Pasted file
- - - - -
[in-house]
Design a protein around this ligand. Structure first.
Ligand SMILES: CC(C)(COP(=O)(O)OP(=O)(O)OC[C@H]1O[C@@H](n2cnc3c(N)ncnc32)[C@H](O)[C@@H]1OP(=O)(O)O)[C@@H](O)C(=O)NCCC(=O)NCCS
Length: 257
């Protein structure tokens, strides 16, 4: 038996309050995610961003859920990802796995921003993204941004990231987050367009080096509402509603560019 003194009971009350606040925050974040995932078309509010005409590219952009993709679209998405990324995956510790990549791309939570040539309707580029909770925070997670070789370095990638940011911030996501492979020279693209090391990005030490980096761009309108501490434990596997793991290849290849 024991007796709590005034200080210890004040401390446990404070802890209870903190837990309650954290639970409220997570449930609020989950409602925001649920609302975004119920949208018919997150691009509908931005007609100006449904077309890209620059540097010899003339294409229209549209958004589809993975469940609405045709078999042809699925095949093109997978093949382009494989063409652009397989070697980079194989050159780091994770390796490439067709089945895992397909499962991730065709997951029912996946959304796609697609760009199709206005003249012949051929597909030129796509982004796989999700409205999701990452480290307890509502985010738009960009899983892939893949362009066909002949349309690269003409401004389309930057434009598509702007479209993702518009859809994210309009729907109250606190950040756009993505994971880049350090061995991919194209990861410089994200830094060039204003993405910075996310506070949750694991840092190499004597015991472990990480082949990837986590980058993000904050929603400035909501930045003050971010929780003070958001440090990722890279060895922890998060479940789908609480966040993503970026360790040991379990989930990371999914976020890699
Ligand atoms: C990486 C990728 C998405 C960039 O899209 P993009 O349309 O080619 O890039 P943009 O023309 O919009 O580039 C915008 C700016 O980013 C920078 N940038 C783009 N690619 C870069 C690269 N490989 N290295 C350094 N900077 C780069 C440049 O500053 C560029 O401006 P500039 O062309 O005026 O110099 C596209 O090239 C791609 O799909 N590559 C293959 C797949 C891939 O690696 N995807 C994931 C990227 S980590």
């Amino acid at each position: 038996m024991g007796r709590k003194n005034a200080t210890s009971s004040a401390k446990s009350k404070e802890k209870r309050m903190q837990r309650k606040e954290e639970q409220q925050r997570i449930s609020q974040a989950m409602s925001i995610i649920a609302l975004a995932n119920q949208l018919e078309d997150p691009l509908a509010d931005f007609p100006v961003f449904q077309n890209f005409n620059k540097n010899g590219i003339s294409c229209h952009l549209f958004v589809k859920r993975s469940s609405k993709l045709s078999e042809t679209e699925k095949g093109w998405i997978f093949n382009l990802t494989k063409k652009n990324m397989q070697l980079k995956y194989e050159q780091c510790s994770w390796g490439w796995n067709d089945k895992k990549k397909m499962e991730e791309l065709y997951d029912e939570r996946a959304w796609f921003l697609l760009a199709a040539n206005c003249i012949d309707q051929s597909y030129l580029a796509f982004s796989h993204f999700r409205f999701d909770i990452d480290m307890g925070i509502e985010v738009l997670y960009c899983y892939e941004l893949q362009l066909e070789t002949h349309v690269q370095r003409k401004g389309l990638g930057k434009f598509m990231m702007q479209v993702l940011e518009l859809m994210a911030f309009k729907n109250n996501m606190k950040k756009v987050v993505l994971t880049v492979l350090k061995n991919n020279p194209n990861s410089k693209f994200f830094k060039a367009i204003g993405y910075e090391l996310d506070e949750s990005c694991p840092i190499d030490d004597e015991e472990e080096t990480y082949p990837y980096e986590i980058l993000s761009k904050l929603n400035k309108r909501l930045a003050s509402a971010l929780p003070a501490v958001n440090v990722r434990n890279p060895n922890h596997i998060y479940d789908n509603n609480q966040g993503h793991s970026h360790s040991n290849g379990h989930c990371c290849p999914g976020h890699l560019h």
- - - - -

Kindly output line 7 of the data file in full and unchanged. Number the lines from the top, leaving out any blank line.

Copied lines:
């Amino acid at each position: 038996m024991g007796r709590k003194n005034a200080t210890s009971s004040a401390k446990s009350k404070e802890k209870r309050m903190q837990r309650k606040e954290e639970q409220q925050r997570i449930s609020q974040a989950m409602s925001i995610i649920a609302l975004a995932n119920q949208l018919e078309d997150p691009l509908a509010d931005f007609p100006v961003f449904q077309n890209f005409n620059k540097n010899g590219i003339s294409c229209h952009l549209f958004v589809k859920r993975s469940s609405k993709l045709s078999e042809t679209e699925k095949g093109w998405i997978f093949n382009l990802t494989k063409k652009n990324m397989q070697l980079k995956y194989e050159q780091c510790s994770w390796g490439w796995n067709d089945k895992k990549k397909m499962e991730e791309l065709y997951d029912e939570r996946a959304w796609f921003l697609l760009a199709a040539n206005c003249i012949d309707q051929s597909y030129l580029a796509f982004s796989h993204f999700r409205f999701d909770i990452d480290m307890g925070i509502e985010v738009l997670y960009c899983y892939e941004l893949q362009l066909e070789t002949h349309v690269q370095r003409k401004g389309l990638g930057k434009f598509m990231m702007q479209v993702l940011e518009l859809m994210a911030f309009k729907n109250n996501m606190k950040k756009v987050v993505l994971t880049v492979l350090k061995n991919n020279p194209n990861s410089k693209f994200f830094k060039a367009i204003g993405y910075e090391l996310d506070e949750s990005c694991p840092i190499d030490d004597e015991e472990e080096t990480y082949p990837y980096e986590i980058l993000s761009k904050l929603n400035k309108r909501l930045a003050s509402a971010l929780p003070a501490v958001n440090v990722r434990n890279p060895n922890h596997i998060y479940d789908n509603n609480q966040g993503h793991s970026h360790s040991n290849g379990h989930c990371c290849p999914g976020h890699l560019h």